Why agreement signals trouble for sugar companies in Western Kenya


Faced with competition from cheap sugar imports from Uganda, sugar factories in Western Kenya will find it difficult to stay in profitable business as they are still struggling with management challenges, old technology and inefficient processes that make their commodity far more expensive.

The deal allowing sugar from Uganda into the Kenyan market spells fresh trouble for the local millers already weighed down by high production costs. The fears come as the Kenya Sugar Board (KSB), in its latest figures seen by The Standard, shows that the country will fail to meet its target of sugarcane by 900,000 tonnes, translating to about 88,000 tonnes of processed sugar.

While Kenya is not sugar sufficient, the bilateral agreement with Uganda is likely to upset the local economy in Western Kenya, which is littered with nearly a dozen sugar factories, all catering for the local demand. In Kakamega, there are at least four factories – Mumias Sugar, West Kenya, Kabras Millers and Butali Sugar. In Bungoma, there is Nzoia Sugar.

Unless the Government comes up with radical measures to shore up the factories in the face of the cheap imports likely to flood the local market from Uganda, their looming death due to the competition from cheap imports will spell doom for the economy of the region, affecting at least four million residents.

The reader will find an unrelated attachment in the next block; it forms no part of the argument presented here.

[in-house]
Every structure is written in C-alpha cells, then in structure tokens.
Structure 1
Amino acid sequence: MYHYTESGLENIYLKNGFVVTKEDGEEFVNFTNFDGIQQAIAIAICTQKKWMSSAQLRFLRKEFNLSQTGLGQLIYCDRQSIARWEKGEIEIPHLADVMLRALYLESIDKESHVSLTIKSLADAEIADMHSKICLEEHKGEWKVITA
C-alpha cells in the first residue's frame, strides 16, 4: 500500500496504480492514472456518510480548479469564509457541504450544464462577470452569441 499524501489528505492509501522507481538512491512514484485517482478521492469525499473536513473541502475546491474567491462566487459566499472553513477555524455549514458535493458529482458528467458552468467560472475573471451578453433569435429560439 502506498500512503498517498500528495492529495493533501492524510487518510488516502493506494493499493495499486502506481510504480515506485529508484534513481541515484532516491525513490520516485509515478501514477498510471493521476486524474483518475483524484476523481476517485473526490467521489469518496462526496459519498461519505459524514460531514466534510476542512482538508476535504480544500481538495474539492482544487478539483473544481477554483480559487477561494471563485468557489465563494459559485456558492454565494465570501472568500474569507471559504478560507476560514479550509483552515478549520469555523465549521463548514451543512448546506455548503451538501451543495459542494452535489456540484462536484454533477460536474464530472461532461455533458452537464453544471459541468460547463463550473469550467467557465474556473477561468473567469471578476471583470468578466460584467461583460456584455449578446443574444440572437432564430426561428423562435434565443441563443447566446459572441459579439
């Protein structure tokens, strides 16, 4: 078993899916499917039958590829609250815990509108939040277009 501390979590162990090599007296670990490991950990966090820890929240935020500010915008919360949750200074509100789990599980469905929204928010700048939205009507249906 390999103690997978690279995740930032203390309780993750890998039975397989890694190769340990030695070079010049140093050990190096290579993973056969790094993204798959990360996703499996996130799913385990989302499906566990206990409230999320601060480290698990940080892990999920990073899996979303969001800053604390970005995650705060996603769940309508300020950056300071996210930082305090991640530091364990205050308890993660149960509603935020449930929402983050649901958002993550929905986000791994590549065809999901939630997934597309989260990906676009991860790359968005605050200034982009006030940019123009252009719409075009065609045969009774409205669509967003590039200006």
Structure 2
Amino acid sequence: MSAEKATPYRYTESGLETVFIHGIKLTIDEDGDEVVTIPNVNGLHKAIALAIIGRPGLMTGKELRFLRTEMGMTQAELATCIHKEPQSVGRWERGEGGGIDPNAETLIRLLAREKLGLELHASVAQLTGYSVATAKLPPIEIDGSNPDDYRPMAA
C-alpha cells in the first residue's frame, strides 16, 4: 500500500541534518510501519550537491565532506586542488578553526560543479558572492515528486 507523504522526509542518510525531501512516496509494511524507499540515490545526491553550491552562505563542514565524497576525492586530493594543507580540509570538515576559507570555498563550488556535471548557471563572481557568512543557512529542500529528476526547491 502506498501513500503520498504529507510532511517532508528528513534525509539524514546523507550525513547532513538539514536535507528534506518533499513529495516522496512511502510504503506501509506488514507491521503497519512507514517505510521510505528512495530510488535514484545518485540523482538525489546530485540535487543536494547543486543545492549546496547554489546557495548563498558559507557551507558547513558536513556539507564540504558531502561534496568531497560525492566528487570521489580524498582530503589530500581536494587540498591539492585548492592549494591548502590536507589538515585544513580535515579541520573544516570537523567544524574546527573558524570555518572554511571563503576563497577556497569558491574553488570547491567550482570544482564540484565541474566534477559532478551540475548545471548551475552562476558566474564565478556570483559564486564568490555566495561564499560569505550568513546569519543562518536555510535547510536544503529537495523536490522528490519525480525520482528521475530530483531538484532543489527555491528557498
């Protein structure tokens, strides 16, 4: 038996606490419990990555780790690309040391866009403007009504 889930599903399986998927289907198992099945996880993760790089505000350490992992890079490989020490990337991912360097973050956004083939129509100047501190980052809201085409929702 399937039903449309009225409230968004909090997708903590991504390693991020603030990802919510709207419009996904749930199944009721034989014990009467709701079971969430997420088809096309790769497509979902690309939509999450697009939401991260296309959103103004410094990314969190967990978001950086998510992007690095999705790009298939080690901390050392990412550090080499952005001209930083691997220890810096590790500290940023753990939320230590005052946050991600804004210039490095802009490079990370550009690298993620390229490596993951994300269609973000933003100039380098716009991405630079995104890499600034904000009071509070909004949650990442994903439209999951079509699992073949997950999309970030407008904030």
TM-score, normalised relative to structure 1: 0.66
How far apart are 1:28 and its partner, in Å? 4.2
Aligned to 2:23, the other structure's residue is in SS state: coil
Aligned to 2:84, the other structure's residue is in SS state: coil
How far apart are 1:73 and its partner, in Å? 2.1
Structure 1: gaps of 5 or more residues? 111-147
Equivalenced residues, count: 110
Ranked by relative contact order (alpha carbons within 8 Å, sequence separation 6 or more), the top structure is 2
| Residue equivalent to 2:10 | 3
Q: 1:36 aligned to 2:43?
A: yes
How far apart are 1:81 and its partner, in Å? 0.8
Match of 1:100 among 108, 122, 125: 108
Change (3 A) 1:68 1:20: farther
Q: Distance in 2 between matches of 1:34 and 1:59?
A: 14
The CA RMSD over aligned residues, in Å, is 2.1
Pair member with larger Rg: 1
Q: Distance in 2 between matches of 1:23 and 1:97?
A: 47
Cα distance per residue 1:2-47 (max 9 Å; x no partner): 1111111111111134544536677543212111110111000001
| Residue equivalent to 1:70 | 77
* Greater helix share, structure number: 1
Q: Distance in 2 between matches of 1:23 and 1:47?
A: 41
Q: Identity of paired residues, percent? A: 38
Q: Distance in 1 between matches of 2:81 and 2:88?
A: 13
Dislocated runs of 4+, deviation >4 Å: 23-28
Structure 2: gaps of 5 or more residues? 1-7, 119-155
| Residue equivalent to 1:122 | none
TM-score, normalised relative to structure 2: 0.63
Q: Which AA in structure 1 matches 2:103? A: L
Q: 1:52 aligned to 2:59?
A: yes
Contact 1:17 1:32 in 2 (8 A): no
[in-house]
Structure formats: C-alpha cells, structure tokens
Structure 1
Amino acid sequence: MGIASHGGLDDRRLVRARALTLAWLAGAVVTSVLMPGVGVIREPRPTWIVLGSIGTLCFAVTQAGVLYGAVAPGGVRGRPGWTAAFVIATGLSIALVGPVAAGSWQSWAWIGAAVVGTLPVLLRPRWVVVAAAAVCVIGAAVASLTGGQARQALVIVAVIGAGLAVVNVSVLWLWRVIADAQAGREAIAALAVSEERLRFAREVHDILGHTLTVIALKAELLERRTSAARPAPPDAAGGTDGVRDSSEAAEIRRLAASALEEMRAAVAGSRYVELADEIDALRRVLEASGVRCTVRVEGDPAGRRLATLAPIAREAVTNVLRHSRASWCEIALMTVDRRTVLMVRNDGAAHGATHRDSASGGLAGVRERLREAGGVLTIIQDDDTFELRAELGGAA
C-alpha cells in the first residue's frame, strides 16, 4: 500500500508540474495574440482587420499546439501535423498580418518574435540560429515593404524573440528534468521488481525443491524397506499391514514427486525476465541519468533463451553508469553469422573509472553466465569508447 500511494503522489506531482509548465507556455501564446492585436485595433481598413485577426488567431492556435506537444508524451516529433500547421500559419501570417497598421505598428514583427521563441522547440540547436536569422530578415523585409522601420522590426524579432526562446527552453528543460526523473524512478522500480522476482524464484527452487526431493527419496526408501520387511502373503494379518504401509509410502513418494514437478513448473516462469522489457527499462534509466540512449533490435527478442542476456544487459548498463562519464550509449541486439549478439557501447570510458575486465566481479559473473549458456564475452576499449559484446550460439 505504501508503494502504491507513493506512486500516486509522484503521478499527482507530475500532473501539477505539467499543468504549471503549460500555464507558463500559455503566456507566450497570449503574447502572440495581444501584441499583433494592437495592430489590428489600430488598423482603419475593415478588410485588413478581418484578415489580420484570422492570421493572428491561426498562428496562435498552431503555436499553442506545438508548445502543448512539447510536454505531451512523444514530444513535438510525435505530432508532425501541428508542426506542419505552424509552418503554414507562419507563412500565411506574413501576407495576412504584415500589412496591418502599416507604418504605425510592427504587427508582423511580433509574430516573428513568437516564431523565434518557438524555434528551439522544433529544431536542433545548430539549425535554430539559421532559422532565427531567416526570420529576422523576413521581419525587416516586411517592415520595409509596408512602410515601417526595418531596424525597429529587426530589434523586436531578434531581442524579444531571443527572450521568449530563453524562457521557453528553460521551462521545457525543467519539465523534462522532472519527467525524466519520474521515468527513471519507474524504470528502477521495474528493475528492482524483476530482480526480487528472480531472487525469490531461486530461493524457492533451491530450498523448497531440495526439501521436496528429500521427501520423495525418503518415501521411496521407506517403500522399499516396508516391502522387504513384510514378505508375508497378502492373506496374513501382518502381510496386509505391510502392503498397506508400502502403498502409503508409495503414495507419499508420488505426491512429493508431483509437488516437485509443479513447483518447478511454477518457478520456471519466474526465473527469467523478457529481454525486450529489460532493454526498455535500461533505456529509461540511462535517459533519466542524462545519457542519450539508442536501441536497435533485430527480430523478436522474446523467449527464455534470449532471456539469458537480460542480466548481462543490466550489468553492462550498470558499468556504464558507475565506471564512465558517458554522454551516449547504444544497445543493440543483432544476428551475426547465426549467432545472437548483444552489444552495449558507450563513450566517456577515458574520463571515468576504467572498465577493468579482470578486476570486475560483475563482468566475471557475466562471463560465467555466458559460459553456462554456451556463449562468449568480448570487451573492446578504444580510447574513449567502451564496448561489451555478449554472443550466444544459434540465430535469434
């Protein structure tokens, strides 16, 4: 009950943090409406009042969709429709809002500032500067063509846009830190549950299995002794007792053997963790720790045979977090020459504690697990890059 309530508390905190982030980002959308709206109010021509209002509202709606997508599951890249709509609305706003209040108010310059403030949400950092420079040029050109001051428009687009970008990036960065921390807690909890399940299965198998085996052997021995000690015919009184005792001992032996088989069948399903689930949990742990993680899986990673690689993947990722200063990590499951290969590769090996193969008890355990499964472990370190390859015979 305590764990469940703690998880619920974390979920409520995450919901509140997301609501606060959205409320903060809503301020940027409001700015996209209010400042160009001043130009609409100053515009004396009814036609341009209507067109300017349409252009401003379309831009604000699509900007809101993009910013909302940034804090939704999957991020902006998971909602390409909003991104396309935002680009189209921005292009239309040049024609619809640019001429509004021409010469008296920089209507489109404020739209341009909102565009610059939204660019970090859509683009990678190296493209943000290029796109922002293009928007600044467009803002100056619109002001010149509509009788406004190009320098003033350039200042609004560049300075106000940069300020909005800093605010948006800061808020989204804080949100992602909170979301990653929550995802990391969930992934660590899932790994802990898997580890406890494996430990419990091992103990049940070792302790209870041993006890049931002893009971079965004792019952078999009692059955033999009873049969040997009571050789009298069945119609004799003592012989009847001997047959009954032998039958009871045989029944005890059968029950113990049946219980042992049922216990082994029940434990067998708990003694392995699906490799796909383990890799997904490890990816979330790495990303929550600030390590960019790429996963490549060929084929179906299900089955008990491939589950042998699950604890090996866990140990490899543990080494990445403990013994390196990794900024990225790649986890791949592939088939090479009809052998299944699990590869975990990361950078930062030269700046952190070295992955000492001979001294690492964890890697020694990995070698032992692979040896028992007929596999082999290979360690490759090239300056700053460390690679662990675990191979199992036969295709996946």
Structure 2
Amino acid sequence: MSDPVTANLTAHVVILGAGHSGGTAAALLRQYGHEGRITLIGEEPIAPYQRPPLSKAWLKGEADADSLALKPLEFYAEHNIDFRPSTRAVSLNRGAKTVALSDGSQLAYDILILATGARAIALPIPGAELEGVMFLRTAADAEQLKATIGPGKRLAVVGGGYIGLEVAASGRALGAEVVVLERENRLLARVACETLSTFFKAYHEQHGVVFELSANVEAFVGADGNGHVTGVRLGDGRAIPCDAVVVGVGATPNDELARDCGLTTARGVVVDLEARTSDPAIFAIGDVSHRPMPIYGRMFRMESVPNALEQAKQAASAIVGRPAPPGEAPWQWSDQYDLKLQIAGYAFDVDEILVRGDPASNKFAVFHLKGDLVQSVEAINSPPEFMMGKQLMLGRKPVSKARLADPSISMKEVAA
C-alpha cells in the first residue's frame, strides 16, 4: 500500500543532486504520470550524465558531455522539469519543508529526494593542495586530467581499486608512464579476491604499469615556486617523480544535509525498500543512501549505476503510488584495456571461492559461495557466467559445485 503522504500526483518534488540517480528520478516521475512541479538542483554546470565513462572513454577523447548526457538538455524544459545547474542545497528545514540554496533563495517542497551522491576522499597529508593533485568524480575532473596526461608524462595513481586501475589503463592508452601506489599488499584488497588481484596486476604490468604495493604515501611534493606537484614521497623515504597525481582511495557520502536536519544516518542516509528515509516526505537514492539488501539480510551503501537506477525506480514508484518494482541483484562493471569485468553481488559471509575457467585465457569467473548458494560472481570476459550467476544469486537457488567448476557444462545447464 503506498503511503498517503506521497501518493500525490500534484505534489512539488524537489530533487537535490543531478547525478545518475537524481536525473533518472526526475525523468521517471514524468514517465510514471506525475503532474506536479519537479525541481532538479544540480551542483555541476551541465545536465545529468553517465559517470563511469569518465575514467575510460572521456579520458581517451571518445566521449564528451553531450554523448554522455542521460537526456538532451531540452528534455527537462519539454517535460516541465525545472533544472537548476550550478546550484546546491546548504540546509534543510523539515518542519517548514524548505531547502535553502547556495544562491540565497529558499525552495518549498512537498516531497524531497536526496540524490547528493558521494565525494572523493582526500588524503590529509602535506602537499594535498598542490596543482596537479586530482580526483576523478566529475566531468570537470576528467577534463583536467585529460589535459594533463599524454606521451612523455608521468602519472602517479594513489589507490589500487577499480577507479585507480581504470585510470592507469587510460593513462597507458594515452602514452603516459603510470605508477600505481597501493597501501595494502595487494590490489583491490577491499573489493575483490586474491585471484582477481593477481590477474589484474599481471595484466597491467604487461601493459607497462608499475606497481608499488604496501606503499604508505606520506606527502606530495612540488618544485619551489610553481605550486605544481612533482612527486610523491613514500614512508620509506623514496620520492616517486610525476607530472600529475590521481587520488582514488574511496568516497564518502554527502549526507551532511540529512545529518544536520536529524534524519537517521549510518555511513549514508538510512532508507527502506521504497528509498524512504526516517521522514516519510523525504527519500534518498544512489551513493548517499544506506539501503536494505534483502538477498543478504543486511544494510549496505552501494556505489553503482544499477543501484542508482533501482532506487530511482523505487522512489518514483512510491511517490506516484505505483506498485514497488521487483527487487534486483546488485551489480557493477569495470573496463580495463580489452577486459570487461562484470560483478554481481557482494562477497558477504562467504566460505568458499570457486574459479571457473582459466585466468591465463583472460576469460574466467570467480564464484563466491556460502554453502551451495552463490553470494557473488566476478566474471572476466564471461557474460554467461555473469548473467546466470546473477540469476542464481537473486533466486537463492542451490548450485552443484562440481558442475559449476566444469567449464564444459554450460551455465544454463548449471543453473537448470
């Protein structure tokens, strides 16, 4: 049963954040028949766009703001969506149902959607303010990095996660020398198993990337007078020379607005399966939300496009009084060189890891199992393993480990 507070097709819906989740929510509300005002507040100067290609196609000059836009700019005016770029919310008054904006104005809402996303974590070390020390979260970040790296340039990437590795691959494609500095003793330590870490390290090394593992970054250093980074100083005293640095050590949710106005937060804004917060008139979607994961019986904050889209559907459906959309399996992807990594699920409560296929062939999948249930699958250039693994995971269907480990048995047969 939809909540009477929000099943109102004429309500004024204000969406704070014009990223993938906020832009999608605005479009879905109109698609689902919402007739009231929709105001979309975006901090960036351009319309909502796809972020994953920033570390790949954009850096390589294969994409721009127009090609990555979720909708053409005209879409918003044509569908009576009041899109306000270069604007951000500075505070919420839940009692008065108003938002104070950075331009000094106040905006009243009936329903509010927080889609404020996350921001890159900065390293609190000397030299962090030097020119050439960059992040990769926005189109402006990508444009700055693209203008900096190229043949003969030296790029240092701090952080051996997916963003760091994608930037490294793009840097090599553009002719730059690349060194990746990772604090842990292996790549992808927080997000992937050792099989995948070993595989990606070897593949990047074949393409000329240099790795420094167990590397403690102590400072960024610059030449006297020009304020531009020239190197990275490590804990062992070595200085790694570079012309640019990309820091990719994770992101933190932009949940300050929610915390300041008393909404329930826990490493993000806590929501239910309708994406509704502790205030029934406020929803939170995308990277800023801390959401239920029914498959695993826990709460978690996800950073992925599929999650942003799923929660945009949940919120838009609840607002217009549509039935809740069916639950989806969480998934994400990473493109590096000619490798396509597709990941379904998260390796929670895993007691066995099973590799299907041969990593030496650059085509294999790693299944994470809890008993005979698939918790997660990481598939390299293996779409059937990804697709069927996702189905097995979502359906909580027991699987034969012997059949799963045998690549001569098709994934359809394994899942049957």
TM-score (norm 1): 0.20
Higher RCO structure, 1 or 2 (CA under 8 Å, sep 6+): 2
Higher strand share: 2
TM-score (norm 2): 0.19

The chairman of the Finance, Planning and Trade Committee in the National Assembly Benjamin Langat (Ainamoi), who has studied sugar production in the country and the factories, said it will be impossible for the Government to continue deploying protectionist measures to keep cheap sugar out, while the local factories were unable to meet the demand.


Langat, whose committee pushed the National Assembly to approve the privatisation of the sugar sector, said the whole idea behind the privatisation of the five sugar factories: Chemilil Sugar, Muhoroni Sugar, Sony Sugar, Nzoia Sugar and Miwani Sugar, was to make them ‘financially viable’.

“The best thing to do is to privatise. It is a long-term decision meant to make the companies efficient so that they become competitive. What we have is inefficient companies that are suffering because of poor decisions. The cost of production is simply too high, that is why imports can come all the way from Brazil and cost much lower than what we produce,” said Mr Langat in an interview with The Standard yesterday.

According to KSB, in 2013-14, Kenya imported 50,970 tonnes of table sugar (used in tea), which is just a fraction of the total imports of 172,924 tonnes of sugar.

Policymakers are convinced that the sugar millers in the local market, who are saddled with huge debts, have to be merged or simply privatised, so that they operate efficiently without the comfort of government bailouts.

At the request of the Treasury, Parliament approved that Sh33.7 billion of the debt owed by sugar companies should be written off.

Treasury and MPs are banking on investors to bring in new efficient technologies with privatisation, to the extent that it will make sugar production cheaper within the country.

“Improved performance of the sugar industry will in turn increase incomes and improve the standard of living for the populations that rely on sugarcane as their main source of livelihood,” a report adopted by MPs in June noted.